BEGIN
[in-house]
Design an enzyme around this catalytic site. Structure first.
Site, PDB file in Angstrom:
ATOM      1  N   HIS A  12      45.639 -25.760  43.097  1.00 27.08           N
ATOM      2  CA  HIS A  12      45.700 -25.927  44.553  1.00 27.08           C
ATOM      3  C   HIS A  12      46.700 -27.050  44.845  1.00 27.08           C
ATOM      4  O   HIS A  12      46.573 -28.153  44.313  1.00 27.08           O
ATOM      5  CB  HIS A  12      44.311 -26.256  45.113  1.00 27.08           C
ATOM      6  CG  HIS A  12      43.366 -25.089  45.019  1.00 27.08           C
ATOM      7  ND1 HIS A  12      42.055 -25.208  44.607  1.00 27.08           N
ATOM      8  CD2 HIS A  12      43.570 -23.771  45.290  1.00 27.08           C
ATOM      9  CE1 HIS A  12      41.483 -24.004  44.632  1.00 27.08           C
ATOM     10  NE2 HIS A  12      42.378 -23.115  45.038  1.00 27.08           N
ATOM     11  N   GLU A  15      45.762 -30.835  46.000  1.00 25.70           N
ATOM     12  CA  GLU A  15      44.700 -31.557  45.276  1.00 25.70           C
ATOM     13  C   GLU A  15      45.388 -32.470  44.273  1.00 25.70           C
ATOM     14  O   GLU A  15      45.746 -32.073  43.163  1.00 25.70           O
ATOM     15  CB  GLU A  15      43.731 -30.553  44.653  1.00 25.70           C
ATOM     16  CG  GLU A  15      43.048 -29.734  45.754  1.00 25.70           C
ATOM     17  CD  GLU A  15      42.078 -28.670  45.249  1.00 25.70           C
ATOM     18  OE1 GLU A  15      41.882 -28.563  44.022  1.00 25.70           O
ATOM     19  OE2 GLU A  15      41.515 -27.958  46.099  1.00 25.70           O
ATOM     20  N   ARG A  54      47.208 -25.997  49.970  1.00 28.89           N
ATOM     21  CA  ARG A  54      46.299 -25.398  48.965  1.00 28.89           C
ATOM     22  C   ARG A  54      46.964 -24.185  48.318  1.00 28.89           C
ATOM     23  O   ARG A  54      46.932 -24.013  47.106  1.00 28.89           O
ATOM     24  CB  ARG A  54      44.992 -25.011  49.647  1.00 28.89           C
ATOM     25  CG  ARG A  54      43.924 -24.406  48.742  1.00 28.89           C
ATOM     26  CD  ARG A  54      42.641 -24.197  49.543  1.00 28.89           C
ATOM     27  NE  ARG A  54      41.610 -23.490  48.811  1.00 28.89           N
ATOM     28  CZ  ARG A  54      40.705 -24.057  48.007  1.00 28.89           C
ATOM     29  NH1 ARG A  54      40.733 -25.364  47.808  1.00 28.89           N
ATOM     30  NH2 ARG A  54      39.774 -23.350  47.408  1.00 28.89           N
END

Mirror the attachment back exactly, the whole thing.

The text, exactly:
[in-house]
Design an enzyme around this catalytic site. Structure first.
Site, PDB file in Angstrom:
ATOM      1  N   HIS A  12      45.639 -25.760  43.097  1.00 27.08           N
ATOM      2  CA  HIS A  12      45.700 -25.927  44.553  1.00 27.08           C
ATOM      3  C   HIS A  12      46.700 -27.050  44.845  1.00 27.08           C
ATOM      4  O   HIS A  12      46.573 -28.153  44.313  1.00 27.08           O
ATOM      5  CB  HIS A  12      44.311 -26.256  45.113  1.00 27.08           C
ATOM      6  CG  HIS A  12      43.366 -25.089  45.019  1.00 27.08           C
ATOM      7  ND1 HIS A  12      42.055 -25.208  44.607  1.00 27.08           N
ATOM      8  CD2 HIS A  12      43.570 -23.771  45.290  1.00 27.08           C
ATOM      9  CE1 HIS A  12      41.483 -24.004  44.632  1.00 27.08           C
ATOM     10  NE2 HIS A  12      42.378 -23.115  45.038  1.00 27.08           N
ATOM     11  N   GLU A  15      45.762 -30.835  46.000  1.00 25.70           N
ATOM     12  CA  GLU A  15      44.700 -31.557  45.276  1.00 25.70           C
ATOM     13  C   GLU A  15      45.388 -32.470  44.273  1.00 25.70           C
ATOM     14  O   GLU A  15      45.746 -32.073  43.163  1.00 25.70           O
ATOM     15  CB  GLU A  15      43.731 -30.553  44.653  1.00 25.70           C
ATOM     16  CG  GLU A  15      43.048 -29.734  45.754  1.00 25.70           C
ATOM     17  CD  GLU A  15      42.078 -28.670  45.249  1.00 25.70           C
ATOM     18  OE1 GLU A  15      41.882 -28.563  44.022  1.00 25.70           O
ATOM     19  OE2 GLU A  15      41.515 -27.958  46.099  1.00 25.70           O
ATOM     20  N   ARG A  54      47.208 -25.997  49.970  1.00 28.89           N
ATOM     21  CA  ARG A  54      46.299 -25.398  48.965  1.00 28.89           C
ATOM     22  C   ARG A  54      46.964 -24.185  48.318  1.00 28.89           C
ATOM     23  O   ARG A  54      46.932 -24.013  47.106  1.00 28.89           O
ATOM     24  CB  ARG A  54      44.992 -25.011  49.647  1.00 28.89           C
ATOM     25  CG  ARG A  54      43.924 -24.406  48.742  1.00 28.89           C
ATOM     26  CD  ARG A  54      42.641 -24.197  49.543  1.00 28.89           C
ATOM     27  NE  ARG A  54      41.610 -23.490  48.811  1.00 28.89           N
ATOM     28  CZ  ARG A  54      40.705 -24.057  48.007  1.00 28.89           C
ATOM     29  NH1 ARG A  54      40.733 -25.364  47.808  1.00 28.89           N
ATOM     30  NH2 ARG A  54      39.774 -23.350  47.408  1.00 28.89           N